Although closed geothermal heat pumps have been used sparingly around the country, the systems offer numerous advantages. They are very energy efficient, producing 5 W of heat for every watt used. Combined with fan-powered vav ventilation, the individual heat pumps allow for greater control over classroom environments.

But while the initial cost of geothermal heat pumps is lower than for many other types of systems, the units have a shorter life span. The system requires many compressors and a connected cooling load to help balance the temperature. The heat pump design limitations also raise problems with controlling airflow and temperature in auxiliary spaces.

Perhaps the biggest drawback is the relatively high utility cost associated with geothermal systems. While the systems enjoy a relatively high coefficient of performance, the energy required to power the all-electric system can be expensive. Local and regional codes may also preclude the use of these systems, as would a school's proximity to wetlands. For the most part, applications of geothermal energy are limited to those school systems able to negotiate lower utility rates from their service providers.

Maywood Elementary School in Hammond, IN is one location where geothermal energy has combined with heat pumps to provide a cost-effective energy management system. Designed by Fanning/Howey Associates, the 92,000-sq-ft elementary school is configured in pods, each of which houses 10 classrooms along with two commons areas, four small group instruction rooms, restroom facilities, and coatroom space. Folding partitions at various locations help maximize the flexibility of space usage.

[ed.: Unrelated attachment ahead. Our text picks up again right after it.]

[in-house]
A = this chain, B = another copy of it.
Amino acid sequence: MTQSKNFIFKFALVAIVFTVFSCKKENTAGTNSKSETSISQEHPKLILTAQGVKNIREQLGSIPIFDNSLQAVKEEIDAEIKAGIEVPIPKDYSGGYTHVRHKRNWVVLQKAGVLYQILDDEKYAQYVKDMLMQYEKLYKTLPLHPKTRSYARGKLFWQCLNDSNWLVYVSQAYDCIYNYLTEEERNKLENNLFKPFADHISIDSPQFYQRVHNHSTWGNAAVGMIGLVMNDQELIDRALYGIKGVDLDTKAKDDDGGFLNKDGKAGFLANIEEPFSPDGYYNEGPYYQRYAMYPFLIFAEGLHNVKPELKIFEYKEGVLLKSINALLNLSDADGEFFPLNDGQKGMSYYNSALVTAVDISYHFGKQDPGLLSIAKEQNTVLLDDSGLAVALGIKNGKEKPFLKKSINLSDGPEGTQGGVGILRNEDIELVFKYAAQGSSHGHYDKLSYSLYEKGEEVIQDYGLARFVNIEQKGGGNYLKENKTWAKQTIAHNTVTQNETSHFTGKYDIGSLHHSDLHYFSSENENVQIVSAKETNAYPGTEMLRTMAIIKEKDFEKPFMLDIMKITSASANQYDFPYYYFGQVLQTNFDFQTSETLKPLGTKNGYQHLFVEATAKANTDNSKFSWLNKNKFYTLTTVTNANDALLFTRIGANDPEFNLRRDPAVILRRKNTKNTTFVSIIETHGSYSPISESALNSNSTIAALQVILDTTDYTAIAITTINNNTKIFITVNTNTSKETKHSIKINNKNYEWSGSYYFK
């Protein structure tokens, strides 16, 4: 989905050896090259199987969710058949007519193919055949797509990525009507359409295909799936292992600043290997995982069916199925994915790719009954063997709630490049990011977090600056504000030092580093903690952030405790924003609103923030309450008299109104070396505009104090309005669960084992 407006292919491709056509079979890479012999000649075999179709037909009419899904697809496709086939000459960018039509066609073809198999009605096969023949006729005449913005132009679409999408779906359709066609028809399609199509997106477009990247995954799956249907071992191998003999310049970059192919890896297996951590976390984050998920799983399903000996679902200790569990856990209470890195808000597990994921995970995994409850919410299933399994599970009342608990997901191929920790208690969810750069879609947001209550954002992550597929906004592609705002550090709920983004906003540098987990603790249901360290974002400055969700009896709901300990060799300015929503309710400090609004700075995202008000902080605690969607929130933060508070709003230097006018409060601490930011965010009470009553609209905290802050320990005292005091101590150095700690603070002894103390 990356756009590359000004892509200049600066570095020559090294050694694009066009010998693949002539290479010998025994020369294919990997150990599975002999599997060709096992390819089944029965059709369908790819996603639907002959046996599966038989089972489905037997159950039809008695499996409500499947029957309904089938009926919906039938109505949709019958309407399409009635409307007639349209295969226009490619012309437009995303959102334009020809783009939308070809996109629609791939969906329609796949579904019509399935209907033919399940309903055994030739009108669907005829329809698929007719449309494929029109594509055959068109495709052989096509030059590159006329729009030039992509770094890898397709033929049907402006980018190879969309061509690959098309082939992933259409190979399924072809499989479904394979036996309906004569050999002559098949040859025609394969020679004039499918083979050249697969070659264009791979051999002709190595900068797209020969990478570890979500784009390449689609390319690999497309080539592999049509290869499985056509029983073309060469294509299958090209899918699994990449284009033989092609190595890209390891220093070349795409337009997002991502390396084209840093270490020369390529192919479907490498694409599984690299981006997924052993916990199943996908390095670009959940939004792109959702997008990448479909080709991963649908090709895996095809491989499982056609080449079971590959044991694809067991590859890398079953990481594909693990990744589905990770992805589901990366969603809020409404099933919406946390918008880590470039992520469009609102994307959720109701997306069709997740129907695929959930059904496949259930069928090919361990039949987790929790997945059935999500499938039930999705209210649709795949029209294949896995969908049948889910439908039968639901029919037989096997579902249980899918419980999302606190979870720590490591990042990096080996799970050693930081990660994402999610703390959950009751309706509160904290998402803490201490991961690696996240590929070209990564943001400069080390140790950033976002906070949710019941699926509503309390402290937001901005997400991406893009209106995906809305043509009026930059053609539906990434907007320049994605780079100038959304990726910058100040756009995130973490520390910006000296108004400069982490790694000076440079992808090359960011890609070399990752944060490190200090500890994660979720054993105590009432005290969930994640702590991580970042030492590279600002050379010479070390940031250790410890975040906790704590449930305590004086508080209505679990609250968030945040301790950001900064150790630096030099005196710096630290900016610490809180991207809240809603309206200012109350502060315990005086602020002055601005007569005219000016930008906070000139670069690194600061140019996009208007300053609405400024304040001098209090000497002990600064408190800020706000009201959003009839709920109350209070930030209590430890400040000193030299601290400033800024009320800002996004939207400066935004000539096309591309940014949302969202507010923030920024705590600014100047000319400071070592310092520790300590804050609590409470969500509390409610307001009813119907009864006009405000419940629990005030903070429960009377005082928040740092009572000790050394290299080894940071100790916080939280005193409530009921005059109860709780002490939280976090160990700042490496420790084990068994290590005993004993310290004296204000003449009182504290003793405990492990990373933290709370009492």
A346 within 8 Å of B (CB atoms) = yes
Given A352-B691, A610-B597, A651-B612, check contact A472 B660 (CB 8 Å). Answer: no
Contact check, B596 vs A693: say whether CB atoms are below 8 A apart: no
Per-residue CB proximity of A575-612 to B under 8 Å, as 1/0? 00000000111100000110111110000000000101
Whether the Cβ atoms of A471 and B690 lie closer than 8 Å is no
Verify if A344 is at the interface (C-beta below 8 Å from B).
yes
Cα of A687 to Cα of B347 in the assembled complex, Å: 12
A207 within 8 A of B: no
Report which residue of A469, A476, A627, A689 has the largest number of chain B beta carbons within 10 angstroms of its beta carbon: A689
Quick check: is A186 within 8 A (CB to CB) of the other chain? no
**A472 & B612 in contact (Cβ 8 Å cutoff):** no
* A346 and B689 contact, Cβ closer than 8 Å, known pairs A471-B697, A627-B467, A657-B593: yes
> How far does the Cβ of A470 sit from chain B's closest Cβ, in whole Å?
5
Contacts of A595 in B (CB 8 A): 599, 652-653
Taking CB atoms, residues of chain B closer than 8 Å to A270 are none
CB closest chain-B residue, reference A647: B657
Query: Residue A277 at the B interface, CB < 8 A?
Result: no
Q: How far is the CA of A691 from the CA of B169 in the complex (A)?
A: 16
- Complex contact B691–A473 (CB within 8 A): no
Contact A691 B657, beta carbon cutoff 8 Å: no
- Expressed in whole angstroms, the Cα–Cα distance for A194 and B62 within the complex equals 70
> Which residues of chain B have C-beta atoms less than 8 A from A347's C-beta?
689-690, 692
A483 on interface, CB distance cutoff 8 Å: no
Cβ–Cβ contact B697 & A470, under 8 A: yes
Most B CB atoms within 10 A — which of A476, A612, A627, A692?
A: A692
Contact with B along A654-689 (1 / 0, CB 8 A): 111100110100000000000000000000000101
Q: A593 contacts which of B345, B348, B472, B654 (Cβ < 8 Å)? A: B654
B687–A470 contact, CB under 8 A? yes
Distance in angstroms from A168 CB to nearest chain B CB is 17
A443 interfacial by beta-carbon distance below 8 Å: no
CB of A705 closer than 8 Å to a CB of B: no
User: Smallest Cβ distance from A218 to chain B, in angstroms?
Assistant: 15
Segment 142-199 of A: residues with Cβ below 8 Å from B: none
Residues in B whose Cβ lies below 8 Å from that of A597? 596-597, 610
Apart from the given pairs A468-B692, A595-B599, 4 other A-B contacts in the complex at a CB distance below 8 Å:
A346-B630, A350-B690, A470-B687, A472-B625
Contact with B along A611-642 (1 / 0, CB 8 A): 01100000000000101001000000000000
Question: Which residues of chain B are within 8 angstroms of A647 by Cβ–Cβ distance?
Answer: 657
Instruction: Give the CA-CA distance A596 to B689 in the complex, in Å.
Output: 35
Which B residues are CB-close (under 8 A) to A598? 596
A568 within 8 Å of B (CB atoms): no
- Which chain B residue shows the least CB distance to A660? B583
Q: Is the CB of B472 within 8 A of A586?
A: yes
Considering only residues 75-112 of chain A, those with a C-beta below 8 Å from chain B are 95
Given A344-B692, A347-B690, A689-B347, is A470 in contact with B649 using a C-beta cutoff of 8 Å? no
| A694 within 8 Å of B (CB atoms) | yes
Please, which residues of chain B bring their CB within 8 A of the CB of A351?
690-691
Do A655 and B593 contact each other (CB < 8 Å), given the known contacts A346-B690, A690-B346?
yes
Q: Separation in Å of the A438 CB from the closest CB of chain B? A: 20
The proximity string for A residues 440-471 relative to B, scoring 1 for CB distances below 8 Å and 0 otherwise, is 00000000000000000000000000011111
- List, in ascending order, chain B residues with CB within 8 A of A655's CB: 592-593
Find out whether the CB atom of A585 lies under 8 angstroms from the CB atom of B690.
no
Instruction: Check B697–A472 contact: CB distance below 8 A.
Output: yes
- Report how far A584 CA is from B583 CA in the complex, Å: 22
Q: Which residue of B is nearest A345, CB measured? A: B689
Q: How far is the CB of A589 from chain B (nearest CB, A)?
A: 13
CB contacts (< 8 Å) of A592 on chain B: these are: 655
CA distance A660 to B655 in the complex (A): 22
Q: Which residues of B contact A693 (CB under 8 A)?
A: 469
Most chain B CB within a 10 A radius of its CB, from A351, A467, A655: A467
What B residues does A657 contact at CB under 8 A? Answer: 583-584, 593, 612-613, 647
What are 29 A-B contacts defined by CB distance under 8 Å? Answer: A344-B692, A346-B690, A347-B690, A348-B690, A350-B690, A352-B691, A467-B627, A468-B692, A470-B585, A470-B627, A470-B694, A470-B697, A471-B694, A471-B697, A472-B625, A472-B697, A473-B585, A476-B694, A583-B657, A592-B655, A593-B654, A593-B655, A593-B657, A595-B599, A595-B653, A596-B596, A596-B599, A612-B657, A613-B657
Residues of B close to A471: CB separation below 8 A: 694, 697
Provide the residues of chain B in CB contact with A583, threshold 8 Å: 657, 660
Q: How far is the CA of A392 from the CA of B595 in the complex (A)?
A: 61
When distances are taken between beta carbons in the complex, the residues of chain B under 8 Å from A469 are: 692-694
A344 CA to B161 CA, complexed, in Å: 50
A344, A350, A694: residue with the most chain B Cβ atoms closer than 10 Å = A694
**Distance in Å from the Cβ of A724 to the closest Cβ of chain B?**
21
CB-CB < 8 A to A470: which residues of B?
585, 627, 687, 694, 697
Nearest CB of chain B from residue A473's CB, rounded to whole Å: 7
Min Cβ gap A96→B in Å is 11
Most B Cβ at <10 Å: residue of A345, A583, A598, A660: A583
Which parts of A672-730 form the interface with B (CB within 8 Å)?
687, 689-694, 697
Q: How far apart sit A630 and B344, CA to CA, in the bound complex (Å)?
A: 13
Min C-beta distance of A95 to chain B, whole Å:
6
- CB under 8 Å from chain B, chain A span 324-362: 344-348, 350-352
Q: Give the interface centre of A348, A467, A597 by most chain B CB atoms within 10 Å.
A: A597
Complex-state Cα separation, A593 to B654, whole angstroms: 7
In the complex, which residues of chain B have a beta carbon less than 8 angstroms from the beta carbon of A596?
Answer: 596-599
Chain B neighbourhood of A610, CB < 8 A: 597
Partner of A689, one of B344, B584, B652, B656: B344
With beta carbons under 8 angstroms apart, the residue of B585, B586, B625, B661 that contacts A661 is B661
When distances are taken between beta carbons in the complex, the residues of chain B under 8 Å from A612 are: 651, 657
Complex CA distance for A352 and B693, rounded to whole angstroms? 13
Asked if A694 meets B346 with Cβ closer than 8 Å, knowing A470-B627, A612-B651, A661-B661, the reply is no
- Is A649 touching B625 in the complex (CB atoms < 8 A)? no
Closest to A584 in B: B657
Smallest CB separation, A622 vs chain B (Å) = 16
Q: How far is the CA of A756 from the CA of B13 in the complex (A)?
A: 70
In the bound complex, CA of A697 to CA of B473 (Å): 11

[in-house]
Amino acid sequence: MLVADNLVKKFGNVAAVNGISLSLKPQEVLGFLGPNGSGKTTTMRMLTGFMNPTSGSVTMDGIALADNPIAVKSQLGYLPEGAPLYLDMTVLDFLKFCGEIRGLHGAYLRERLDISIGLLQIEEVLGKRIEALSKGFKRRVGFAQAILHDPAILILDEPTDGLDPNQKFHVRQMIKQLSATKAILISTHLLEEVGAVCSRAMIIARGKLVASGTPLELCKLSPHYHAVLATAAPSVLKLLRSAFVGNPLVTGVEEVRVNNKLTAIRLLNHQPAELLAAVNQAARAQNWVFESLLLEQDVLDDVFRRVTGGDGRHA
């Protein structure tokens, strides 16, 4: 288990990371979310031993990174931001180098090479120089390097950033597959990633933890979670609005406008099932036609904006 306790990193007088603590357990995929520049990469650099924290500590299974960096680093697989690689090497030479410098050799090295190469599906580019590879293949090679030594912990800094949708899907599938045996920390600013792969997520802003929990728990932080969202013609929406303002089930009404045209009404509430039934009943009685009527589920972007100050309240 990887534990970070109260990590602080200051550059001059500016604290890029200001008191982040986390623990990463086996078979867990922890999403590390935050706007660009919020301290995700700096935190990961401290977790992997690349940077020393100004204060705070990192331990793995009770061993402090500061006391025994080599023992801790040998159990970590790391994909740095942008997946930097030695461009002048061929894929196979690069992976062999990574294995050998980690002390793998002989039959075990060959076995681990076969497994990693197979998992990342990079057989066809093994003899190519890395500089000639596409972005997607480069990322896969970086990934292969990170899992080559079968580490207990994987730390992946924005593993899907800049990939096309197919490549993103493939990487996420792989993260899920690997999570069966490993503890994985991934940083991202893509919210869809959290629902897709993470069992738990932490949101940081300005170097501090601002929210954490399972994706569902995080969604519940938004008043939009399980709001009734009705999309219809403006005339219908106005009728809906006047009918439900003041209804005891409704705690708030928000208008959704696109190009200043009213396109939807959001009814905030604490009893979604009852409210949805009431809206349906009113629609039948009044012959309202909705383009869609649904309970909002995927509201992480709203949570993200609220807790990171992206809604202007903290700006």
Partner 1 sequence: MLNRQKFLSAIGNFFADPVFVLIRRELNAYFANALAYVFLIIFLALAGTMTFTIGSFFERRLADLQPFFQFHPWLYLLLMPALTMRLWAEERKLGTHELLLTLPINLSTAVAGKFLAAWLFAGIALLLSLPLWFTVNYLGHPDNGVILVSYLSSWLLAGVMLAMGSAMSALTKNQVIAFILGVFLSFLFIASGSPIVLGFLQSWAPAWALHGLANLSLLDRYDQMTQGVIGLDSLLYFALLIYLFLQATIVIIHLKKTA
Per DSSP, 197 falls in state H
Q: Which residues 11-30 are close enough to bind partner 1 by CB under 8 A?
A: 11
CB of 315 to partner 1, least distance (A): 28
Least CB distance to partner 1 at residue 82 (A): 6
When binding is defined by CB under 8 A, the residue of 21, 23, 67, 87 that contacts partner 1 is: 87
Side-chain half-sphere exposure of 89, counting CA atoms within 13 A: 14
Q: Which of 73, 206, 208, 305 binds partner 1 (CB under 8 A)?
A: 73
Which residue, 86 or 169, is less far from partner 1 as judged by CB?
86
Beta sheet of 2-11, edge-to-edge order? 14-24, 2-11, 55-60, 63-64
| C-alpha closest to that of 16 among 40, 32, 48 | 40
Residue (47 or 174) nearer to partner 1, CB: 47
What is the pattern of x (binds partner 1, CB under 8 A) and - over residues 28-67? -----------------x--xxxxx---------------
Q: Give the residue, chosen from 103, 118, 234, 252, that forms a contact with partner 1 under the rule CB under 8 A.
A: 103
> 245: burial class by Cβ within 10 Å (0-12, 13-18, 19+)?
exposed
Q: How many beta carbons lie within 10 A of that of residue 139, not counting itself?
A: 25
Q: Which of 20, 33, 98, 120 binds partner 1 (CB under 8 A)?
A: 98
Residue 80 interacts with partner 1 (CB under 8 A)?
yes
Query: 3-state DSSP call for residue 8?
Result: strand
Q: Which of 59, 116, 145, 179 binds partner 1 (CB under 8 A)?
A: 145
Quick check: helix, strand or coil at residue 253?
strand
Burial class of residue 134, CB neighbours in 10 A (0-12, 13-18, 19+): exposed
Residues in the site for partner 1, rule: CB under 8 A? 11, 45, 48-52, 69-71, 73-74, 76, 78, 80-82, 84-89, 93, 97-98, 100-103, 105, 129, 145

Maywood's fresh air is supplied from an AHU located on the mezzanine above the restrooms, serving individually controlled heat pumps in each pod. In addition, the geothermal heat pump system consists of 240 vertical wells drilled to a depth of 135 ft located in front of the school. A total of 78 horizontal heat pumps are located in the school's ceilings linked to the energy control system. The heat pumps and mechanical equipment are located in the ceiling, which allows full use of classroom space. As with Chesterton High School, the ceiling and mezzanine storage of the heat pumps and other mechanical equipment eliminated the need for roof-mounted equipment and improved the aesthetics.

Maywood's energy management system is linked to the building-wide computer network to monitor and control all building hvac functions. The computer network also links to the low-voltage lighting system, which is interfaced with ultrasonic motion detectors to control lighting in classrooms and toilets, as well as to signal the security system in the event of an intruder in the building.